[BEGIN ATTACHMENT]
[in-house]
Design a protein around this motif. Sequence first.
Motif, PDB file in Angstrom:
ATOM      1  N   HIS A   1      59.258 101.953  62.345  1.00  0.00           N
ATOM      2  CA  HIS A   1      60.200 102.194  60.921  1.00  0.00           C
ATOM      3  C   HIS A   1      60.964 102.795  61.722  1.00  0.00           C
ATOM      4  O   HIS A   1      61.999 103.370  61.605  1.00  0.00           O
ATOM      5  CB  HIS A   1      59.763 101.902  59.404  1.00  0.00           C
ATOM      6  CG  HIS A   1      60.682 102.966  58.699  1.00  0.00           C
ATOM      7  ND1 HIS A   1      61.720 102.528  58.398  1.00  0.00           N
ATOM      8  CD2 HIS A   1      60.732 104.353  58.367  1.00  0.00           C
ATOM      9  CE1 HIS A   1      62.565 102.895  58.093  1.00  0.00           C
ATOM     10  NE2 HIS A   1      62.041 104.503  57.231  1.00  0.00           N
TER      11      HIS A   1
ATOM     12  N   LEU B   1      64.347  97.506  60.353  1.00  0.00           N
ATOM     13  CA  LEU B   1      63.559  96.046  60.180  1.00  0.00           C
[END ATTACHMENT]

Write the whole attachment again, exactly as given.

[in-house]
Design a protein around this motif. Sequence first.
Motif, PDB file in Angstrom:
ATOM      1  N   HIS A   1      59.258 101.953  62.345  1.00  0.00           N
ATOM      2  CA  HIS A   1      60.200 102.194  60.921  1.00  0.00           C
ATOM      3  C   HIS A   1      60.964 102.795  61.722  1.00  0.00           C
ATOM      4  O   HIS A   1      61.999 103.370  61.605  1.00  0.00           O
ATOM      5  CB  HIS A   1      59.763 101.902  59.404  1.00  0.00           C
ATOM      6  CG  HIS A   1      60.682 102.966  58.699  1.00  0.00           C
ATOM      7  ND1 HIS A   1      61.720 102.528  58.398  1.00  0.00           N
ATOM      8  CD2 HIS A   1      60.732 104.353  58.367  1.00  0.00           C
ATOM      9  CE1 HIS A   1      62.565 102.895  58.093  1.00  0.00           C
ATOM     10  NE2 HIS A   1      62.041 104.503  57.231  1.00  0.00           N
TER      11      HIS A   1
ATOM     12  N   LEU B   1      64.347  97.506  60.353  1.00  0.00           N
ATOM     13  CA  LEU B   1      63.559  96.046  60.180  1.00  0.00           C